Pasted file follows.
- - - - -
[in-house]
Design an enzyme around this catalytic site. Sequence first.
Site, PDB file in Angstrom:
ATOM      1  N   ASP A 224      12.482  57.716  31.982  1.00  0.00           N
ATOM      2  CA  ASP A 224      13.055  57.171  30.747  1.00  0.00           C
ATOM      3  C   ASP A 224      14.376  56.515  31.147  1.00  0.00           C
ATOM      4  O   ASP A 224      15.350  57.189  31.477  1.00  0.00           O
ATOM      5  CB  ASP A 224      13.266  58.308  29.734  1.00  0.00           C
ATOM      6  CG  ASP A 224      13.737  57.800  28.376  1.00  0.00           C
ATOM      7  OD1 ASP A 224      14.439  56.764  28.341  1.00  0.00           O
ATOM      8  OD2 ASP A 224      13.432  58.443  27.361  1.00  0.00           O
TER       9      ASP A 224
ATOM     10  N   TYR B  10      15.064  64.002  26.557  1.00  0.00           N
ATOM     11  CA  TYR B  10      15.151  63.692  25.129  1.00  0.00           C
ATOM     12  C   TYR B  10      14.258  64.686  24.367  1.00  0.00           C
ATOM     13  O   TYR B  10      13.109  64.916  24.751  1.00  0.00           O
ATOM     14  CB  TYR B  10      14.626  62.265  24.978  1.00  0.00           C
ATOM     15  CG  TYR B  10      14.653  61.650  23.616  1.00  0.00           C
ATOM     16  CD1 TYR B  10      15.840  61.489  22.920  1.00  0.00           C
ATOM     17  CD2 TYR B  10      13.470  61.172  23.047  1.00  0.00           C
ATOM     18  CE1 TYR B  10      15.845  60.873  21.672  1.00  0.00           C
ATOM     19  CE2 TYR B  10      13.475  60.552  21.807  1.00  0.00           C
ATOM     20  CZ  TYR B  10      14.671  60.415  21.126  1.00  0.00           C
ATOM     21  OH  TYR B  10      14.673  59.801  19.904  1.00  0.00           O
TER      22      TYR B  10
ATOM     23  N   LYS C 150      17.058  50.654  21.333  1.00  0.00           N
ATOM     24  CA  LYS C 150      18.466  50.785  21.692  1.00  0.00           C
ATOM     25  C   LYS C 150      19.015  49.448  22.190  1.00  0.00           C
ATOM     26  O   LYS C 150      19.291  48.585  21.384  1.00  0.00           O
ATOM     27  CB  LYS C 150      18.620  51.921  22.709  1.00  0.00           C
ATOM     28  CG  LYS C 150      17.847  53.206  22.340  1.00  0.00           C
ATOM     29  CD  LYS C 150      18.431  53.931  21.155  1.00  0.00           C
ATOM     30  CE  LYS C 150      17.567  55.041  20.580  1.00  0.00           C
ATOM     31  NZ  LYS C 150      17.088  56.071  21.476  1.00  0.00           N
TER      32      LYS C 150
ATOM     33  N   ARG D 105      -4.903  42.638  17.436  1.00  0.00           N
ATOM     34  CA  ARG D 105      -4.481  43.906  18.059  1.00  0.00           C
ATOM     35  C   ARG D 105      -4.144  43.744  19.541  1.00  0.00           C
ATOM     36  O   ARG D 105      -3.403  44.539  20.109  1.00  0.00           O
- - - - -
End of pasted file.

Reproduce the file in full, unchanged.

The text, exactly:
[in-house]
Design an enzyme around this catalytic site. Sequence first.
Site, PDB file in Angstrom:
ATOM      1  N   ASP A 224      12.482  57.716  31.982  1.00  0.00           N
ATOM      2  CA  ASP A 224      13.055  57.171  30.747  1.00  0.00           C
ATOM      3  C   ASP A 224      14.376  56.515  31.147  1.00  0.00           C
ATOM      4  O   ASP A 224      15.350  57.189  31.477  1.00  0.00           O
ATOM      5  CB  ASP A 224      13.266  58.308  29.734  1.00  0.00           C
ATOM      6  CG  ASP A 224      13.737  57.800  28.376  1.00  0.00           C
ATOM      7  OD1 ASP A 224      14.439  56.764  28.341  1.00  0.00           O
ATOM      8  OD2 ASP A 224      13.432  58.443  27.361  1.00  0.00           O
TER       9      ASP A 224
ATOM     10  N   TYR B  10      15.064  64.002  26.557  1.00  0.00           N
ATOM     11  CA  TYR B  10      15.151  63.692  25.129  1.00  0.00           C
ATOM     12  C   TYR B  10      14.258  64.686  24.367  1.00  0.00           C
ATOM     13  O   TYR B  10      13.109  64.916  24.751  1.00  0.00           O
ATOM     14  CB  TYR B  10      14.626  62.265  24.978  1.00  0.00           C
ATOM     15  CG  TYR B  10      14.653  61.650  23.616  1.00  0.00           C
ATOM     16  CD1 TYR B  10      15.840  61.489  22.920  1.00  0.00           C
ATOM     17  CD2 TYR B  10      13.470  61.172  23.047  1.00  0.00           C
ATOM     18  CE1 TYR B  10      15.845  60.873  21.672  1.00  0.00           C
ATOM     19  CE2 TYR B  10      13.475  60.552  21.807  1.00  0.00           C
ATOM     20  CZ  TYR B  10      14.671  60.415  21.126  1.00  0.00           C
ATOM     21  OH  TYR B  10      14.673  59.801  19.904  1.00  0.00           O
TER      22      TYR B  10
ATOM     23  N   LYS C 150      17.058  50.654  21.333  1.00  0.00           N
ATOM     24  CA  LYS C 150      18.466  50.785  21.692  1.00  0.00           C
ATOM     25  C   LYS C 150      19.015  49.448  22.190  1.00  0.00           C
ATOM     26  O   LYS C 150      19.291  48.585  21.384  1.00  0.00           O
ATOM     27  CB  LYS C 150      18.620  51.921  22.709  1.00  0.00           C
ATOM     28  CG  LYS C 150      17.847  53.206  22.340  1.00  0.00           C
ATOM     29  CD  LYS C 150      18.431  53.931  21.155  1.00  0.00           C
ATOM     30  CE  LYS C 150      17.567  55.041  20.580  1.00  0.00           C
ATOM     31  NZ  LYS C 150      17.088  56.071  21.476  1.00  0.00           N
TER      32      LYS C 150
ATOM     33  N   ARG D 105      -4.903  42.638  17.436  1.00  0.00           N
ATOM     34  CA  ARG D 105      -4.481  43.906  18.059  1.00  0.00           C
ATOM     35  C   ARG D 105      -4.144  43.744  19.541  1.00  0.00           C
ATOM     36  O   ARG D 105      -3.403  44.539  20.109  1.00  0.00           O